Home, is where I want to be
But I guess I’m already there
I come home, she lifted up her wings
I guess that this must be the place
– Talking Heads
We all have a place. A simple name on a map that we have traced with our fingers more often than any other name. A place in the country or city, the sea or river, jungle or forest, a place of snow or sand, water or rock. A place that has, over the years and the holidays, taken on a sort of humanity, an intimacy, a nature beyond how most of us see, well, nature. It’s not uncommon, either, for such places, these special enclaves that pull on our hearts a little more than others, to be seen as something living, something more like a friend, like family. The Whanganui River in New Zealand and the Yamuna and Ganges rivers in India, for instance, were granted human status and named “living entities” this year. By law.
But it isn’t only for their significance, their sensitivity, their vulnerability and their beauty (all qualities seen in the best of people), that we hold them close. It is also the time we have spent with them, getting to know them. The days and nights spent as witness to their different sides and moods, their ups and downs.
We all have a place that we have bonded with more than any other, that we understand more than another, and for me that place is the Zambezi. A river no less human than the Whanganui or Yamuna or Ganges. A river no different to you and I. An individual that breathes, that ebbs and flows with nature, and that needs protection.
Of course, the Zambezi is vast and I am not familiar with it all. It is the fourth-longest river in Africa and the largest river flowing into the Indian Ocean from Africa. It passes through six countries on the way, a true adventurer at heart. Its journey begins in north-west Zambia, in a marshy black wetland in the centre of the Miombo Woodlands, and continues on through Angola, Namibia, Botswana, Zimbabwe, and Mozambique. If you can, imagine 1,390,000 square kilometres, slightly less than half the basin of the Nile, and you will start to grasp its immensity.
I’ve played in the lower Zambezi, while white-water rafting over rapids ranging from Grade III to Grade V – the highest commercial grading possible. Rapids with names like The Devil’s Toilet Bowl, The Gnashing Jaws of Death, Morning Glory, Oblivion, and The Ugly Stepsisters. I have helicoptered through the deep gorge, over the great Victoria Falls itself, and swum in the tiny natural infinity pools on the edge of the cascade – both Devil’s and Angel’s Pool. But it is the upper stretches of the river, before it tumbles over the Falls, that I know best. In particular, those private 15 kilometres of waterway flowing past Royal Chundu in the district of Katombora.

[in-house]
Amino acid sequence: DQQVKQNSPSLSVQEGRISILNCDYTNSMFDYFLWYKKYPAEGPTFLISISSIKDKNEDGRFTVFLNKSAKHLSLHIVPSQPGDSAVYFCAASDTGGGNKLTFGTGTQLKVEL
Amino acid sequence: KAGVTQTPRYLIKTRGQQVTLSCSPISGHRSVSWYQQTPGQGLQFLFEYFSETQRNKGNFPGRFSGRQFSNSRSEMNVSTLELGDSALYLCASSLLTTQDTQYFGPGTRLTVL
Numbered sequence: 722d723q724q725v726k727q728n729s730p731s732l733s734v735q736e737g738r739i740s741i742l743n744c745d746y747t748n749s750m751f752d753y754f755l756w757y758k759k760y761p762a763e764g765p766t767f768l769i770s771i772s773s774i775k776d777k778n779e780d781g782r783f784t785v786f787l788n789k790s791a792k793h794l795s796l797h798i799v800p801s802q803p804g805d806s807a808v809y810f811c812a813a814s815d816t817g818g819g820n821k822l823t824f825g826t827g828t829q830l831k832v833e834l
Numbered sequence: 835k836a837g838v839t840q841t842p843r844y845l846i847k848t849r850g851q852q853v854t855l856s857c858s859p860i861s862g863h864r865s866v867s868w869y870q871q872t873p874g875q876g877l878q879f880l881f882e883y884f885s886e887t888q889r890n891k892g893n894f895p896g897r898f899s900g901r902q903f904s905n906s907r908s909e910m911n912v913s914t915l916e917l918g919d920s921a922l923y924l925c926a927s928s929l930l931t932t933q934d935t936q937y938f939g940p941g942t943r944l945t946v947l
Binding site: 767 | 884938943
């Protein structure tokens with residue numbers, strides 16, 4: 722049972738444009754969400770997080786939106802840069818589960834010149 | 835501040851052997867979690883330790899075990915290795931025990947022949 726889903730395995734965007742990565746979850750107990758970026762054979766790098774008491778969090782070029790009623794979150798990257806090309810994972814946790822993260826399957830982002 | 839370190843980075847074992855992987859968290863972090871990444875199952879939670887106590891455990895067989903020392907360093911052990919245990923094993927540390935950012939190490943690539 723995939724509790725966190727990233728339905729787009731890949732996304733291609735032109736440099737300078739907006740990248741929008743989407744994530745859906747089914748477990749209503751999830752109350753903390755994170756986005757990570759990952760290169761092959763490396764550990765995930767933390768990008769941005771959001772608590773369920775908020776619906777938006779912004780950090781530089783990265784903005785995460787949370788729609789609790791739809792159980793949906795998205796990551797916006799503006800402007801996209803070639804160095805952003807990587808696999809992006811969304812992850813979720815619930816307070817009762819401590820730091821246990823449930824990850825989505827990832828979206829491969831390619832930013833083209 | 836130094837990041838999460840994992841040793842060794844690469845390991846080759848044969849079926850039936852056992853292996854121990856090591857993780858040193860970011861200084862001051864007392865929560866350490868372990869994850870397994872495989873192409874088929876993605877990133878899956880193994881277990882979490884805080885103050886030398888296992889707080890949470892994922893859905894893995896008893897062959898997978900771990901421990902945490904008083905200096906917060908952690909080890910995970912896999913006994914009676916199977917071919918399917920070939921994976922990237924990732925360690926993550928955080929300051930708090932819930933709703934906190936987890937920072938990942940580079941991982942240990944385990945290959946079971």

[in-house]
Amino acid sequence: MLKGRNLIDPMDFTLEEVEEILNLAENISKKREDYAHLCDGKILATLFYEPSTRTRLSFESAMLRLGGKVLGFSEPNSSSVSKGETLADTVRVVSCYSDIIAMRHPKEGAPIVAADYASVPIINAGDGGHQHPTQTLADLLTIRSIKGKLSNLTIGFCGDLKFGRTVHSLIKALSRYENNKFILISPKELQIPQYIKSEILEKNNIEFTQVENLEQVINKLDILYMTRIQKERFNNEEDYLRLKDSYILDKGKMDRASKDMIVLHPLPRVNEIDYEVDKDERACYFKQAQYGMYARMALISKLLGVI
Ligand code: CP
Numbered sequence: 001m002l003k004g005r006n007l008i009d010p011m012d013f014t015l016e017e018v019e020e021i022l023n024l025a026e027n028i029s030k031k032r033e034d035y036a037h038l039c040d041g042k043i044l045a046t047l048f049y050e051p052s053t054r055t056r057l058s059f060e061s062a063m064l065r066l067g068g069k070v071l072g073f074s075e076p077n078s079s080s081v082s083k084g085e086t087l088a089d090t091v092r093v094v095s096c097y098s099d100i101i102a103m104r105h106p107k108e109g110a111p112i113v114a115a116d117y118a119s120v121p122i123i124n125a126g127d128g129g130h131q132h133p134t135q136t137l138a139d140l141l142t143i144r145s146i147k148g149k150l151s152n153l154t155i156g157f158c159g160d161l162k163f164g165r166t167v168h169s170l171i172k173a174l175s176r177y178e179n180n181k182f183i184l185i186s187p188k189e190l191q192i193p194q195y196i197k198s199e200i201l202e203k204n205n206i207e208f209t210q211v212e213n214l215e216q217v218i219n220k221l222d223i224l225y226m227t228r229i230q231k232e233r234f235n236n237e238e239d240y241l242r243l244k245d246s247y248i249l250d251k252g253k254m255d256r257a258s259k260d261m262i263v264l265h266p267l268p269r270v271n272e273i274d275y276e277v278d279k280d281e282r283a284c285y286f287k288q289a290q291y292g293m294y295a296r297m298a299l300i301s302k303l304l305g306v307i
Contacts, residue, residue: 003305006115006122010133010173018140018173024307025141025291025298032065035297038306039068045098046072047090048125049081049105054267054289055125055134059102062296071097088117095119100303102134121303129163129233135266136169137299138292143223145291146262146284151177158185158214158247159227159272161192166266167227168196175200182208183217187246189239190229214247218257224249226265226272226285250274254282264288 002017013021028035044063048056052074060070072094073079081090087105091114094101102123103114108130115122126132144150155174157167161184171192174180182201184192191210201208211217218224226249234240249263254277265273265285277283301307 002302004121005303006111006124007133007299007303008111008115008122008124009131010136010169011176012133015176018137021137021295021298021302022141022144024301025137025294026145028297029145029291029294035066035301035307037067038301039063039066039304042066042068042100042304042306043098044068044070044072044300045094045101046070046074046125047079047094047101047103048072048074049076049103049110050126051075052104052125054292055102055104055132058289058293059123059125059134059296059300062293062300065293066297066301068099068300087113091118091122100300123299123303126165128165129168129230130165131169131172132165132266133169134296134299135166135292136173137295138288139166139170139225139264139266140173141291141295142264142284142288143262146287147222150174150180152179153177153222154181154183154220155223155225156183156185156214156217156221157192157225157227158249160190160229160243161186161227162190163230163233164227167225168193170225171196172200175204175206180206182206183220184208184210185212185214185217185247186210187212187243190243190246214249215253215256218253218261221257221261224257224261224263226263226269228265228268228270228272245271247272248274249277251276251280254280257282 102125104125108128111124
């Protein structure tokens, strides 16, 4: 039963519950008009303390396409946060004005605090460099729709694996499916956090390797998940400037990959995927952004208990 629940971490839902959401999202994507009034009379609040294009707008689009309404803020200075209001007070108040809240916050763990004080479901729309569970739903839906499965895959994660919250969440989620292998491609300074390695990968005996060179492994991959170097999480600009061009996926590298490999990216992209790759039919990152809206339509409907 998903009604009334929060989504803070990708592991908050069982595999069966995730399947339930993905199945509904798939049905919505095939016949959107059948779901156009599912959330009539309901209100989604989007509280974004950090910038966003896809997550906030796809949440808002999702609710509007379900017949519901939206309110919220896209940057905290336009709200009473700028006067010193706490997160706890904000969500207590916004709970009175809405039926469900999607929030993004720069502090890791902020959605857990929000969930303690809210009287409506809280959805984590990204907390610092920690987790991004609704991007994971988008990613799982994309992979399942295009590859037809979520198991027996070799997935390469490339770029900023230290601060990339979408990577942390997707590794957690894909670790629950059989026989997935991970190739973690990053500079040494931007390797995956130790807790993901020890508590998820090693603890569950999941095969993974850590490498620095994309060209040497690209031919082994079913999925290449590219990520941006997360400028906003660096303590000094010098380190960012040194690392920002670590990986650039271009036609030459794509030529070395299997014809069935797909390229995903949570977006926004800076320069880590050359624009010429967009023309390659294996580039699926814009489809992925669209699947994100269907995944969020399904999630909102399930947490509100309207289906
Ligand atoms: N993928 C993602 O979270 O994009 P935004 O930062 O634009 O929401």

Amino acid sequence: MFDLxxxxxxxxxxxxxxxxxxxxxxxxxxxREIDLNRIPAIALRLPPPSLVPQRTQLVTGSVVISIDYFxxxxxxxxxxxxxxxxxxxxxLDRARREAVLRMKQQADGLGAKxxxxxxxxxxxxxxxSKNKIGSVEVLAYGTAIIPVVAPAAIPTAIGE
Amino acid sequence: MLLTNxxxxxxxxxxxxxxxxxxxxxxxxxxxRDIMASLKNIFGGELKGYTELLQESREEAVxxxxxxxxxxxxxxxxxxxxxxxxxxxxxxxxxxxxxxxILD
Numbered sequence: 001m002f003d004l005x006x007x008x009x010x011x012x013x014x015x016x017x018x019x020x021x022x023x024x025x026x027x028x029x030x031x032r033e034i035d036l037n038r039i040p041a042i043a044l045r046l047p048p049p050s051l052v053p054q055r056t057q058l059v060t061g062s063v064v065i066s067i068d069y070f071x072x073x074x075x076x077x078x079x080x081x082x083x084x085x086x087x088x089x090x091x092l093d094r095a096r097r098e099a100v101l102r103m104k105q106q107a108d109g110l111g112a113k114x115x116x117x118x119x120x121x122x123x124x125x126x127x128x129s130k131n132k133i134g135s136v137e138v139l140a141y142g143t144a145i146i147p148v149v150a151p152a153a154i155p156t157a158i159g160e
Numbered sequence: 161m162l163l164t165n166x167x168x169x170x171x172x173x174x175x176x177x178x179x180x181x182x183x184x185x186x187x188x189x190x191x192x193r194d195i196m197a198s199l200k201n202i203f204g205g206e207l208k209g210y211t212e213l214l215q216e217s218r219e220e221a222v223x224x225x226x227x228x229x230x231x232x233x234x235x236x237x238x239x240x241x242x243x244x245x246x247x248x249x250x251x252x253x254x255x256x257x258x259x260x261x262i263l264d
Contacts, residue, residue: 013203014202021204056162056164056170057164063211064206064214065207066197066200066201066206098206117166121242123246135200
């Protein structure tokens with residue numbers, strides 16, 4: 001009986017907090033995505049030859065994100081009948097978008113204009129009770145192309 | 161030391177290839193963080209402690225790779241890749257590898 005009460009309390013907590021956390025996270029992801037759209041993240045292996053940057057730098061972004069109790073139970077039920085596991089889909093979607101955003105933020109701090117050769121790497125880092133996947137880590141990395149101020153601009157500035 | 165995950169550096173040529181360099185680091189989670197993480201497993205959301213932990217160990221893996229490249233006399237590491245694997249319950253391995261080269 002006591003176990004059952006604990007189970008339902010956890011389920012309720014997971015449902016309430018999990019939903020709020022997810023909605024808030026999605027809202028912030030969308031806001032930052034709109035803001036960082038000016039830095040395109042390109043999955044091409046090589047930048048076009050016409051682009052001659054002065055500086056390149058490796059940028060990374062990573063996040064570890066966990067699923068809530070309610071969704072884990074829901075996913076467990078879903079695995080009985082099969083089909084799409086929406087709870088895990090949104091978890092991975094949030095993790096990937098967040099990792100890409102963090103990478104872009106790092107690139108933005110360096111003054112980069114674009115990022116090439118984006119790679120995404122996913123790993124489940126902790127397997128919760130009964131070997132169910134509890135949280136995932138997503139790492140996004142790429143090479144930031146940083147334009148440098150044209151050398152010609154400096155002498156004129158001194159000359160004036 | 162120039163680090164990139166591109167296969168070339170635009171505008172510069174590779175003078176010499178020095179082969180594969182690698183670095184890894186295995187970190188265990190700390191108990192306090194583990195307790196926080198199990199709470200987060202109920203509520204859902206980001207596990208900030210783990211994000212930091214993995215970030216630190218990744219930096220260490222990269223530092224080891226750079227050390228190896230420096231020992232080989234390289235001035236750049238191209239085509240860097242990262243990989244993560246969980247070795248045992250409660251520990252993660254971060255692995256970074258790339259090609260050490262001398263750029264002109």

Of course, those 15 kilometres cover a body of water that is always flowing, always changing. I never quite meet the same river. But here, hugged by the same riverbank as always, its essence never changes. It feeds and is a home to the same life – the elephant herds, the hippo pods, the tiger fish and parrot fish and bream, the crocodiles, the African skimmers, African Fish Eagle, Rock Pratincoles and Schalow’s Turaco, the water buck, otters, baboons, buffalo, zebras, and even the occasional leopard and lion. Its sunsets and rises are a constant as are its channels, rising or dropping in level perhaps from time to time, but reliable in their permanence, letting us navigate the river better, more closely, and cautiously.
This is my place. And over the years I have come to not only know but to feel deeply for the people in and around Royal Chundu. The local people who understand the Zambezi much more than me, who teach me, with each visit, not only more about the water, the wildlife, the birdlife and the plants, but about compassion, patience, loyalty, respect and resilience. Those human qualities that I don’t doubt the Zambezi played a hand in refining.
And while our human laws may not (yet) recognise this incredible life force as a living entity deserving of human status, there is another source watching over it, protecting it day in and out. A source with the head of a fish and the body of a snake. A source know as the Nyami Nyami, the great guardian and God of the Zambezi River Valley. One of the most important deities of the Tsonga people, the Nyami Nyami and his wife are said to be the God and Goddess of the underworld, living in the Kariba Gorge.
Discover more about our love of the Zambezi in our blogs: